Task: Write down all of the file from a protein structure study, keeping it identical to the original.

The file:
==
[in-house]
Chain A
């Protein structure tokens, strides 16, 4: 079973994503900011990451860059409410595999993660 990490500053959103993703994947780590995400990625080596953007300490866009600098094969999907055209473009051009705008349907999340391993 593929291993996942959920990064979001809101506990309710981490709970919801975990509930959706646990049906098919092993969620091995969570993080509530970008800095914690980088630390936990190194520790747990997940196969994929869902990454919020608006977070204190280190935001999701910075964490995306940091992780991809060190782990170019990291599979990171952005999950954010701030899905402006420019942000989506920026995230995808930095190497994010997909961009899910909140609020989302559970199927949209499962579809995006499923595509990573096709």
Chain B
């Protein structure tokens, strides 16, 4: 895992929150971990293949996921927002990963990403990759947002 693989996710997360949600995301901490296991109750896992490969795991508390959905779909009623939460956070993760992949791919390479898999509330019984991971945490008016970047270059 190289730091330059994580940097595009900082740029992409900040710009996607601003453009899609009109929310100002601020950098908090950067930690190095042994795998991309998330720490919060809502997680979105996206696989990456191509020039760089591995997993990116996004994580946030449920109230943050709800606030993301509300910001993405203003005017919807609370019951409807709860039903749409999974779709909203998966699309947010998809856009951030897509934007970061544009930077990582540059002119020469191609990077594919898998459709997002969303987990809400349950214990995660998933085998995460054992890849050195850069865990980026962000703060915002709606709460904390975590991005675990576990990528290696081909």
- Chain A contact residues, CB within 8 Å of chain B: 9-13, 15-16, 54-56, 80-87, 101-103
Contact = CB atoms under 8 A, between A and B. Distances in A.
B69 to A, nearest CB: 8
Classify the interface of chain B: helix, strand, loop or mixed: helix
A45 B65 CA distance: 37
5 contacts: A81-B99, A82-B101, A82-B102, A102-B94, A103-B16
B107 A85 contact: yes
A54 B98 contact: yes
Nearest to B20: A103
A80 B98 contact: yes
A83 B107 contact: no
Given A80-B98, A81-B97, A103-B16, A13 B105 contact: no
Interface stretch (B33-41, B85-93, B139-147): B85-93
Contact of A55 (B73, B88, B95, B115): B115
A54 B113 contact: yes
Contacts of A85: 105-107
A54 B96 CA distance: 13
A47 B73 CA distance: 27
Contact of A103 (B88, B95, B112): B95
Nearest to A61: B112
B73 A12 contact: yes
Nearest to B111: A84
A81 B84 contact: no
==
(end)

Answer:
[in-house]
Chain A
């Protein structure tokens, strides 16, 4: 079973994503900011990451860059409410595999993660 990490500053959103993703994947780590995400990625080596953007300490866009600098094969999907055209473009051009705008349907999340391993 593929291993996942959920990064979001809101506990309710981490709970919801975990509930959706646990049906098919092993969620091995969570993080509530970008800095914690980088630390936990190194520790747990997940196969994929869902990454919020608006977070204190280190935001999701910075964490995306940091992780991809060190782990170019990291599979990171952005999950954010701030899905402006420019942000989506920026995230995808930095190497994010997909961009899910909140609020989302559970199927949209499962579809995006499923595509990573096709």
Chain B
């Protein structure tokens, strides 16, 4: 895992929150971990293949996921927002990963990403990759947002 693989996710997360949600995301901490296991109750896992490969795991508390959905779909009623939460956070993760992949791919390479898999509330019984991971945490008016970047270059 190289730091330059994580940097595009900082740029992409900040710009996607601003453009899609009109929310100002601020950098908090950067930690190095042994795998991309998330720490919060809502997680979105996206696989990456191509020039760089591995997993990116996004994580946030449920109230943050709800606030993301509300910001993405203003005017919807609370019951409807709860039903749409999974779709909203998966699309947010998809856009951030897509934007970061544009930077990582540059002119020469191609990077594919898998459709997002969303987990809400349950214990995660998933085998995460054992890849050195850069865990980026962000703060915002709606709460904390975590991005675990576990990528290696081909």
- Chain A contact residues, CB within 8 Å of chain B: 9-13, 15-16, 54-56, 80-87, 101-103
Contact = CB atoms under 8 A, between A and B. Distances in A.
B69 to A, nearest CB: 8
Classify the interface of chain B: helix, strand, loop or mixed: helix
A45 B65 CA distance: 37
5 contacts: A81-B99, A82-B101, A82-B102, A102-B94, A103-B16
B107 A85 contact: yes
A54 B98 contact: yes
Nearest to B20: A103
A80 B98 contact: yes
A83 B107 contact: no
Given A80-B98, A81-B97, A103-B16, A13 B105 contact: no
Interface stretch (B33-41, B85-93, B139-147): B85-93
Contact of A55 (B73, B88, B95, B115): B115
A54 B113 contact: yes
Contacts of A85: 105-107
A54 B96 CA distance: 13
A47 B73 CA distance: 27
Contact of A103 (B88, B95, B112): B95
Nearest to A61: B112
B73 A12 contact: yes
Nearest to B111: A84
A81 B84 contact: no